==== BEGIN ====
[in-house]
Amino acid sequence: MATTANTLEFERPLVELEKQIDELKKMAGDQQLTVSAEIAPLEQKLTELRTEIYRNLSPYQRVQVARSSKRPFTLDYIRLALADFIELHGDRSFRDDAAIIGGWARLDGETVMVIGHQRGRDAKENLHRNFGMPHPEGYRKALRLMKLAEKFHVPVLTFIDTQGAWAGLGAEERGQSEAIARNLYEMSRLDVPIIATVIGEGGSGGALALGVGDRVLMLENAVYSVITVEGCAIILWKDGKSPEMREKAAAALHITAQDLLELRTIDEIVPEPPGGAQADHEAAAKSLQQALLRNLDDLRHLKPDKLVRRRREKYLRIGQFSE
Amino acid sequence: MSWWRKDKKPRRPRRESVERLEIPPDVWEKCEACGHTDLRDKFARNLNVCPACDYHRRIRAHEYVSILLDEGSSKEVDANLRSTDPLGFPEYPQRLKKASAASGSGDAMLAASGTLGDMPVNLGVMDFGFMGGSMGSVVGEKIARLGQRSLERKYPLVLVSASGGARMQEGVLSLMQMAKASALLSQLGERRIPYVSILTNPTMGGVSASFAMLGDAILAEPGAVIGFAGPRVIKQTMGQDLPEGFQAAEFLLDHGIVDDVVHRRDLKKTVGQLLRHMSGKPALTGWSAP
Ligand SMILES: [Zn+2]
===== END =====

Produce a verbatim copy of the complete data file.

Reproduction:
[in-house]
Amino acid sequence: MATTANTLEFERPLVELEKQIDELKKMAGDQQLTVSAEIAPLEQKLTELRTEIYRNLSPYQRVQVARSSKRPFTLDYIRLALADFIELHGDRSFRDDAAIIGGWARLDGETVMVIGHQRGRDAKENLHRNFGMPHPEGYRKALRLMKLAEKFHVPVLTFIDTQGAWAGLGAEERGQSEAIARNLYEMSRLDVPIIATVIGEGGSGGALALGVGDRVLMLENAVYSVITVEGCAIILWKDGKSPEMREKAAAALHITAQDLLELRTIDEIVPEPPGGAQADHEAAAKSLQQALLRNLDDLRHLKPDKLVRRRREKYLRIGQFSE
Amino acid sequence: MSWWRKDKKPRRPRRESVERLEIPPDVWEKCEACGHTDLRDKFARNLNVCPACDYHRRIRAHEYVSILLDEGSSKEVDANLRSTDPLGFPEYPQRLKKASAASGSGDAMLAASGTLGDMPVNLGVMDFGFMGGSMGSVVGEKIARLGQRSLERKYPLVLVSASGGARMQEGVLSLMQMAKASALLSQLGERRIPYVSILTNPTMGGVSASFAMLGDAILAEPGAVIGFAGPRVIKQTMGQDLPEGFQAAEFLLDHGIVDDVVHRRDLKKTVGQLLRHMSGKPALTGWSAP
Ligand SMILES: [Zn+2]